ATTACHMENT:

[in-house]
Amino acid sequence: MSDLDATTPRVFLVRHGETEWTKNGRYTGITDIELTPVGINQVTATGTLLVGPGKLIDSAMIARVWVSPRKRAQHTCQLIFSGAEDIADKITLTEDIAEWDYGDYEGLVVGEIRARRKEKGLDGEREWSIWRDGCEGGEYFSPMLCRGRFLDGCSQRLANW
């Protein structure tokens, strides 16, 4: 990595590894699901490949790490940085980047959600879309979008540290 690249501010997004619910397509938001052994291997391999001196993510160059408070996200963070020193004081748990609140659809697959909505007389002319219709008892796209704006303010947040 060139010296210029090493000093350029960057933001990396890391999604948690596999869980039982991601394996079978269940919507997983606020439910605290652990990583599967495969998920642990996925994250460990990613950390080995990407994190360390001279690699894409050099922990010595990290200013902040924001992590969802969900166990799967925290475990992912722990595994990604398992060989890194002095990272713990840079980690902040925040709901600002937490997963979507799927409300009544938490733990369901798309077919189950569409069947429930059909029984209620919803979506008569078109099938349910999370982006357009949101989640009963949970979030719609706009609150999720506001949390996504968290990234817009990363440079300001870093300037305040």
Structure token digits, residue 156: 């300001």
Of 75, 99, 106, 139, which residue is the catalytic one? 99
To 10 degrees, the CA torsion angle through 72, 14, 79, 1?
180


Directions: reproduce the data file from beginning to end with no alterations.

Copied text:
[in-house]
Amino acid sequence: MSDLDATTPRVFLVRHGETEWTKNGRYTGITDIELTPVGINQVTATGTLLVGPGKLIDSAMIARVWVSPRKRAQHTCQLIFSGAEDIADKITLTEDIAEWDYGDYEGLVVGEIRARRKEKGLDGEREWSIWRDGCEGGEYFSPMLCRGRFLDGCSQRLANW
């Protein structure tokens, strides 16, 4: 990595590894699901490949790490940085980047959600879309979008540290 690249501010997004619910397509938001052994291997391999001196993510160059408070996200963070020193004081748990609140659809697959909505007389002319219709008892796209704006303010947040 060139010296210029090493000093350029960057933001990396890391999604948690596999869980039982991601394996079978269940919507997983606020439910605290652990990583599967495969998920642990996925994250460990990613950390080995990407994190360390001279690699894409050099922990010595990290200013902040924001992590969802969900166990799967925290475990992912722990595994990604398992060989890194002095990272713990840079980690902040925040709901600002937490997963979507799927409300009544938490733990369901798309077919189950569409069947429930059909029984209620919803979506008569078109099938349910999370982006357009949101989640009963949970979030719609706009609150999720506001949390996504968290990234817009990363440079300001870093300037305040």
Structure token digits, residue 156: 């300001």
Of 75, 99, 106, 139, which residue is the catalytic one? 99
To 10 degrees, the CA torsion angle through 72, 14, 79, 1?
180